At the heart of this biography, and of Mallory's life, is his wife, Ruth. The letters they exchanged during the many separations caused by World War I and three Everest expeditions reveal the depth of their commitment to each other and the unwavering support and strength Ruth offered George. The Everest expeditions are also insightfully rendered, offering perspective on criticisms levied at Mallory after the 1921 and 1922 attempts. The authors examine how Mallory, a dedicated husband and father, arrived at his fateful decision to participate in the doomed 1924 expedition and why he continued to press for a summit attempt when the odds seemed stacked against him. As Mallory once declared, a climber was what he was, and this is what climbers did; this was how they fulfilled their wildest dreams.

 

 

 

One Day as a Tiger - Alex Macintyre and the birth of light and fast alpinism by John Porter

The wall was the ambition, the style became the obsession.’ In the autumn of 1982, a single stone fell from high on the south face of Annapurna and struck Alex MacIntyre on the head, killing him instantly and robbing the climbing world of one of its greatest talents. Although only twenty-eight years old, Alex was already one of the leading figures of British mountaineering’s most successful era. His ascents included hard new routes on Himalayan giants like Dhaulagiri and Changabang and a glittering record of firsts in the Alps and Andes. Yet how Alex climbed was as important as what he climbed. He was a mountaineering prophet, sharing with a handful of contemporaries – including his climbing partner Voytek Kurtyka – the vision of a purer form of alpinism on the world’s highest peaks. One Day As A Tiger, John Porter’s revelatory and poignant memoir of his friend Alex MacIntyre, shows mountaineering at its extraordinary best and tragic worst – and draws an unforgettable picture of a dazzling, argumentative and exuberant legend. -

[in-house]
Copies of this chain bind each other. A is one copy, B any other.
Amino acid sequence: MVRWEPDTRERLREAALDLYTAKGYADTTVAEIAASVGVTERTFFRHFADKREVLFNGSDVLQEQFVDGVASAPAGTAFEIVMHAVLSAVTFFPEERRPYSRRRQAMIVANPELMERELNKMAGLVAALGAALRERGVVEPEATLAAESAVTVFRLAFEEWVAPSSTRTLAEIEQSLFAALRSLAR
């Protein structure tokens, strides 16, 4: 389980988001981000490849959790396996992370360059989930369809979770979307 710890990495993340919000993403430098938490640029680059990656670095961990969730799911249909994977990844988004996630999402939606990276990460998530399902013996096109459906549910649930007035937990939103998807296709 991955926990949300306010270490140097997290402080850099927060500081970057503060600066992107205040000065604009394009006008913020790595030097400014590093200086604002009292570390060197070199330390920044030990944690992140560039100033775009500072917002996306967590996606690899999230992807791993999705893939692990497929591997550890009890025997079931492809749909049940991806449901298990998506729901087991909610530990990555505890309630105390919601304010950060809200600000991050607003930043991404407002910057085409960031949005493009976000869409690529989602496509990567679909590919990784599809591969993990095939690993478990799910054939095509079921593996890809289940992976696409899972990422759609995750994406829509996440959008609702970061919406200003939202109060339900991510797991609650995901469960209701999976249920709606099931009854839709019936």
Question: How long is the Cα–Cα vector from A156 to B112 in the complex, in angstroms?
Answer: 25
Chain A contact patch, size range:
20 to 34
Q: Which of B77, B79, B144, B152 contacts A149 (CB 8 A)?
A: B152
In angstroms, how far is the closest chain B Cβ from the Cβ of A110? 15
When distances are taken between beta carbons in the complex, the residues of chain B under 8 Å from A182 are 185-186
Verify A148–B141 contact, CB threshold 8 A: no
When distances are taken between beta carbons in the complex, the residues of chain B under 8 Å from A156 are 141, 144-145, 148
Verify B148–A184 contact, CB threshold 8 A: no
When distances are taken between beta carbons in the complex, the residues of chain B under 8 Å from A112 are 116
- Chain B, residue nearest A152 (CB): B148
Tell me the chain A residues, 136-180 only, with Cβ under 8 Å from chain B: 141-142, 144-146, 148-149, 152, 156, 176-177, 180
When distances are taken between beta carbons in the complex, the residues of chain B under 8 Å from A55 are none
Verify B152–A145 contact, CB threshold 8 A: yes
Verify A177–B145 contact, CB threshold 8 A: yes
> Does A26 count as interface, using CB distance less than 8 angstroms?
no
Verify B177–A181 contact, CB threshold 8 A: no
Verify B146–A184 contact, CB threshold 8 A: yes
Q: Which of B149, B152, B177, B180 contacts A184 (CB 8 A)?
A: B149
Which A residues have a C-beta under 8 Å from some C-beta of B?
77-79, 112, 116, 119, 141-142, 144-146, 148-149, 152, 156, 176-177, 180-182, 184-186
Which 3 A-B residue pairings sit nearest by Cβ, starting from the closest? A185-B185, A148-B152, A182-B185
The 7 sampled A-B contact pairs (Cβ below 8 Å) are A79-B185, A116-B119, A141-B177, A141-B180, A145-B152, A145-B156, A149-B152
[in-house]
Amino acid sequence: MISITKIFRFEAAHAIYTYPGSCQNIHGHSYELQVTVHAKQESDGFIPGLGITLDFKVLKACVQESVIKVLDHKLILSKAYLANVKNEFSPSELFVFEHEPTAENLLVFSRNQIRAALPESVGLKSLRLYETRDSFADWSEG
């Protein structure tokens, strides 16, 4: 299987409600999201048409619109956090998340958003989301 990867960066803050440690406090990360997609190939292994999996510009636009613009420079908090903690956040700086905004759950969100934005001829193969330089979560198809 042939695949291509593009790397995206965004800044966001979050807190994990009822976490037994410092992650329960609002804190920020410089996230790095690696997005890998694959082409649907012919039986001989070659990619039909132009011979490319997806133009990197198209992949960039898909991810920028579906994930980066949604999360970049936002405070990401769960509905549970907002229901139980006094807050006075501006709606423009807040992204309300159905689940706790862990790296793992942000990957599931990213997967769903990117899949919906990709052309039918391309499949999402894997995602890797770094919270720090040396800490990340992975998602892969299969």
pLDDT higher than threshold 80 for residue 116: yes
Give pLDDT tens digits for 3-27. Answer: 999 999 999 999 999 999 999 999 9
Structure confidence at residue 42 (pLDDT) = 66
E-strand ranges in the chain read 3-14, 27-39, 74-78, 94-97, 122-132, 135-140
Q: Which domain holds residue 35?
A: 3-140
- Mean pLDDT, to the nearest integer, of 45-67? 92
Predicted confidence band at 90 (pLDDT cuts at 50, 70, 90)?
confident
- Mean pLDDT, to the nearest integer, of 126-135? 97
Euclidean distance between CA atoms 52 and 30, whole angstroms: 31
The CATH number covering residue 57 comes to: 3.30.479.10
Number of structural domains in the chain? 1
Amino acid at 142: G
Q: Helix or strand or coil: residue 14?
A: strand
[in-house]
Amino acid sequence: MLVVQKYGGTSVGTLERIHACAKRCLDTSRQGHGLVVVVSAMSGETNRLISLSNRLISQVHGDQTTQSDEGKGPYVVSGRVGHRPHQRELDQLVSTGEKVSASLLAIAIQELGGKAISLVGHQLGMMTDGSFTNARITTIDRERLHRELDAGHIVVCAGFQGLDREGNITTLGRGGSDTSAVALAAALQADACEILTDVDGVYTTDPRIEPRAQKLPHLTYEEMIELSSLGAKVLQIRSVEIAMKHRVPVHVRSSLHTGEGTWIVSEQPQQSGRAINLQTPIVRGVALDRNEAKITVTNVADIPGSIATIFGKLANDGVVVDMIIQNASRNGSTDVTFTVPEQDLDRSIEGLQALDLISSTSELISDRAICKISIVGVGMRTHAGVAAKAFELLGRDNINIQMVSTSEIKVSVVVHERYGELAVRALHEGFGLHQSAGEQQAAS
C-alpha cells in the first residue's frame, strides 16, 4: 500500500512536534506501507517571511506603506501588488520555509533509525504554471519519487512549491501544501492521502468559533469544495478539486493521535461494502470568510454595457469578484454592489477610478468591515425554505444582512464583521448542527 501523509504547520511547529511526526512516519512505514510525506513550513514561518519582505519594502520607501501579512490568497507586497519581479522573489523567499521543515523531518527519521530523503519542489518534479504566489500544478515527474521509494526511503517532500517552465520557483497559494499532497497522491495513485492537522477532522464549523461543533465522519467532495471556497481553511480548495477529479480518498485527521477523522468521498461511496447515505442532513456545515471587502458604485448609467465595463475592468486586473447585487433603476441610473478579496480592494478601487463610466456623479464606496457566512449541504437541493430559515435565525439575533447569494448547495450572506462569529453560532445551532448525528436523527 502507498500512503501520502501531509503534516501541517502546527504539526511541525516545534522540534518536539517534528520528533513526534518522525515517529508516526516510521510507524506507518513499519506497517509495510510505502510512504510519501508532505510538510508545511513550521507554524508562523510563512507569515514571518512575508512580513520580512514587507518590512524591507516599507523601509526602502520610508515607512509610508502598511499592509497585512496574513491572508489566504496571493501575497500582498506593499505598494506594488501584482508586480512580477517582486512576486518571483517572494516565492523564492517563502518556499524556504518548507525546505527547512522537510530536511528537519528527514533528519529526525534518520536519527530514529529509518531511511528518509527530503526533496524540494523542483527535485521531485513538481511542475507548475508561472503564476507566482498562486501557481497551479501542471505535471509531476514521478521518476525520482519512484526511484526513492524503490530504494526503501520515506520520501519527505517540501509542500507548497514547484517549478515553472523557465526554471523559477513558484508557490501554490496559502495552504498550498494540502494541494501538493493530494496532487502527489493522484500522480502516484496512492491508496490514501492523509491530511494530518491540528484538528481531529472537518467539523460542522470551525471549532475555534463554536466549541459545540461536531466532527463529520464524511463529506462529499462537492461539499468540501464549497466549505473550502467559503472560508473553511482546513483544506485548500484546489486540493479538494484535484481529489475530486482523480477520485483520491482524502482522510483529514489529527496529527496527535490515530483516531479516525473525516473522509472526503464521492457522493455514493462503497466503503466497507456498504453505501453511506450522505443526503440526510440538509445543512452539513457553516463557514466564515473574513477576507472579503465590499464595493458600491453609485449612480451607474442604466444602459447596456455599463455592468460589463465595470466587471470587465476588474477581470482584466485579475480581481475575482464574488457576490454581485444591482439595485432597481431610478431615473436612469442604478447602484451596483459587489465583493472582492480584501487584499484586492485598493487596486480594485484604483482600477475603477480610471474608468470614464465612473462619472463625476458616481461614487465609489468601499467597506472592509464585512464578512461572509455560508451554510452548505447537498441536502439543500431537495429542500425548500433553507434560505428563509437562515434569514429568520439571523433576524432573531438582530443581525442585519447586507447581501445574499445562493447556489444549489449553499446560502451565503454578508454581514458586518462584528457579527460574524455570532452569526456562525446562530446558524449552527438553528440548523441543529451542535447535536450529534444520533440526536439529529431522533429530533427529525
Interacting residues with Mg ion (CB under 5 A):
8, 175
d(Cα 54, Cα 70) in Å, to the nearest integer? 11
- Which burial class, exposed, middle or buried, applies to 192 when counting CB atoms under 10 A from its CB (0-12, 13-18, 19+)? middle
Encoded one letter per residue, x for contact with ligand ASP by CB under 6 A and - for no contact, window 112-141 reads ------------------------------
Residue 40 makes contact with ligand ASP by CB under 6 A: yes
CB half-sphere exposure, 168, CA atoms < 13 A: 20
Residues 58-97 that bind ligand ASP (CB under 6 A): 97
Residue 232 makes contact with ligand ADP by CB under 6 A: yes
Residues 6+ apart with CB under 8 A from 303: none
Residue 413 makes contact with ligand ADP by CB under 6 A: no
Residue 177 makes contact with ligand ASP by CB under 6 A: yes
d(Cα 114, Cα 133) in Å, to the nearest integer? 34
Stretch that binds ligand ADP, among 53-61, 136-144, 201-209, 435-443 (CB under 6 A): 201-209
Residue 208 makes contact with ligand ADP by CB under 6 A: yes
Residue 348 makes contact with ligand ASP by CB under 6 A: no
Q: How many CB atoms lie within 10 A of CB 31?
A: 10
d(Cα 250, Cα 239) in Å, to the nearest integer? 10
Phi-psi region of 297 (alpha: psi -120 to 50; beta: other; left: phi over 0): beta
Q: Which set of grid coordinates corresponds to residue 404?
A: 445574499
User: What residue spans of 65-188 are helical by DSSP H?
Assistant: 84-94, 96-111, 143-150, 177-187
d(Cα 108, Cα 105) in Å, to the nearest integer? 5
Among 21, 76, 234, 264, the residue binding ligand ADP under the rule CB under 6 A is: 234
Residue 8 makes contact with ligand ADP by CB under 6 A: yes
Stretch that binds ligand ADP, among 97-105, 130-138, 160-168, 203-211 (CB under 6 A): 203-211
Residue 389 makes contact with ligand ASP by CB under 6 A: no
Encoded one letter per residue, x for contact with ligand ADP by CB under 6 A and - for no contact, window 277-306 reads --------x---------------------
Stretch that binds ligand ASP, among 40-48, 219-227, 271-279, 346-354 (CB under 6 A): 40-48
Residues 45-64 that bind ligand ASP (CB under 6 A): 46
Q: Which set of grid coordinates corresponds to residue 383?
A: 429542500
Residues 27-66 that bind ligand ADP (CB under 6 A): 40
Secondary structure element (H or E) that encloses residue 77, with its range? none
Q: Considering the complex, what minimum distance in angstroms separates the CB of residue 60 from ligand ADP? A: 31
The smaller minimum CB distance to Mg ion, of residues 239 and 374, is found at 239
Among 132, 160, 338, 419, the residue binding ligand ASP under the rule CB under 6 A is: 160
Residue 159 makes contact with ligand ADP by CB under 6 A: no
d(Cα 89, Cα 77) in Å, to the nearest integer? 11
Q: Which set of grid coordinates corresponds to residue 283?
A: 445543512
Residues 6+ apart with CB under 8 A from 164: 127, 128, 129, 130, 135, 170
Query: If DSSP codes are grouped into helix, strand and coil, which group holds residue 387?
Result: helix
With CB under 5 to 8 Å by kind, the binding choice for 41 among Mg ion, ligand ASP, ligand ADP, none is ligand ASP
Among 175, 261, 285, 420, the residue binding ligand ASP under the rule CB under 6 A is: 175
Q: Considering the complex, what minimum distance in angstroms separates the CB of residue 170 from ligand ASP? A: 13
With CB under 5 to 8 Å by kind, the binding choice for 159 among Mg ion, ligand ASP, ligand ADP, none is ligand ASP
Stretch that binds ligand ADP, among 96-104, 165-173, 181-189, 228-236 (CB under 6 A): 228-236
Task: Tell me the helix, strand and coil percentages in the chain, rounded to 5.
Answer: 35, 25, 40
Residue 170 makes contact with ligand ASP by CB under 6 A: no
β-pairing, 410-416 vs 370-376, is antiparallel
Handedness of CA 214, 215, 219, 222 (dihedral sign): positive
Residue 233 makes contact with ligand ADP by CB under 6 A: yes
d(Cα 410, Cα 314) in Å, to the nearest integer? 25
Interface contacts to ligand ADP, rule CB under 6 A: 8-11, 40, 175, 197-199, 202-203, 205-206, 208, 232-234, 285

Everest, The First Ascent The untold story of Griffith Pugh, the man who made it possible by Harriet Tuckey

On 29 May 1953, the summit of Mount Everest was finally reached. The achievement brought fame and honours to many involved – except the man who made the ascent possible.

Now, for the first time, drawing upon previously unseen diaries and letters, rare archive material and interviews, Everest – The First Ascent tells the remarkable story of Griffith Pugh, the forgotten team member whose scientific breakthroughs ensured the world’s highest mountain could be climbed. A doctor and physiologist, Griffith Pugh revolutionised almost every aspect of British high-altitude mountaineering, transforming the climbers’ attitude to oxygen, the clothes they wore, their equipment, fluid intake and acclimatisation.

Yet, far from receiving the acclaim he was due, he was met with suspicion and ridicule. His scientific contributions were, quite simply, at odds with old-fashioned notions of derring-do and the gentlemanly amateurism that dogged the sport.

This insightful biography shows Pugh to be troubled, abrasive, yet brilliant. Eight years in the writing, closely researched, and told with unflinching honesty by Pugh’s daughter, Harriet Tuckey, Everest – The First Ascent is the compelling portrait of an unlikely hero.